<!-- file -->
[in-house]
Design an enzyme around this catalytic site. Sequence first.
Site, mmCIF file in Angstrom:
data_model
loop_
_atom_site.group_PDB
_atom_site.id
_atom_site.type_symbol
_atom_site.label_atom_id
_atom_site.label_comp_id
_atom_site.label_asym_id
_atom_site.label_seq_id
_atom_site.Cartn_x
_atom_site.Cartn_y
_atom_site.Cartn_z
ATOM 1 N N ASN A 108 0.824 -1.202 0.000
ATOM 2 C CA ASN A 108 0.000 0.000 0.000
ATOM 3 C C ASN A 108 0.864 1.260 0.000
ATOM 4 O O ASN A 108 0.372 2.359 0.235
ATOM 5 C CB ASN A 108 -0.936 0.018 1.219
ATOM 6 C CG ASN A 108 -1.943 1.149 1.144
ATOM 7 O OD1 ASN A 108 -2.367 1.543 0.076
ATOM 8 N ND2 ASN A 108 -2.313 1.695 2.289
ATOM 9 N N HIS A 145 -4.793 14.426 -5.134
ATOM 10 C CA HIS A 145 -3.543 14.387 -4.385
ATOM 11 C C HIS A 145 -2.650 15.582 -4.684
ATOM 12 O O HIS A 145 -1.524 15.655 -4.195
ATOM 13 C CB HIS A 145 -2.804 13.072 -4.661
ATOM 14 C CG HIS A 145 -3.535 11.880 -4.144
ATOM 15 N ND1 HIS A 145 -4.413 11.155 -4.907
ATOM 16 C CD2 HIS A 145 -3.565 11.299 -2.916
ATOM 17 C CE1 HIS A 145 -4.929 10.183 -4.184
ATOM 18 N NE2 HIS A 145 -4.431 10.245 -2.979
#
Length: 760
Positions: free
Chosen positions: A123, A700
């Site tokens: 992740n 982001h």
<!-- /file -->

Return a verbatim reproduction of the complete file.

[in-house]
Design an enzyme around this catalytic site. Sequence first.
Site, mmCIF file in Angstrom:
data_model
loop_
_atom_site.group_PDB
_atom_site.id
_atom_site.type_symbol
_atom_site.label_atom_id
_atom_site.label_comp_id
_atom_site.label_asym_id
_atom_site.label_seq_id
_atom_site.Cartn_x
_atom_site.Cartn_y
_atom_site.Cartn_z
ATOM 1 N N ASN A 108 0.824 -1.202 0.000
ATOM 2 C CA ASN A 108 0.000 0.000 0.000
ATOM 3 C C ASN A 108 0.864 1.260 0.000
ATOM 4 O O ASN A 108 0.372 2.359 0.235
ATOM 5 C CB ASN A 108 -0.936 0.018 1.219
ATOM 6 C CG ASN A 108 -1.943 1.149 1.144
ATOM 7 O OD1 ASN A 108 -2.367 1.543 0.076
ATOM 8 N ND2 ASN A 108 -2.313 1.695 2.289
ATOM 9 N N HIS A 145 -4.793 14.426 -5.134
ATOM 10 C CA HIS A 145 -3.543 14.387 -4.385
ATOM 11 C C HIS A 145 -2.650 15.582 -4.684
ATOM 12 O O HIS A 145 -1.524 15.655 -4.195
ATOM 13 C CB HIS A 145 -2.804 13.072 -4.661
ATOM 14 C CG HIS A 145 -3.535 11.880 -4.144
ATOM 15 N ND1 HIS A 145 -4.413 11.155 -4.907
ATOM 16 C CD2 HIS A 145 -3.565 11.299 -2.916
ATOM 17 C CE1 HIS A 145 -4.929 10.183 -4.184
ATOM 18 N NE2 HIS A 145 -4.431 10.245 -2.979
#
Length: 760
Positions: free
Chosen positions: A123, A700
């Site tokens: 992740n 982001h």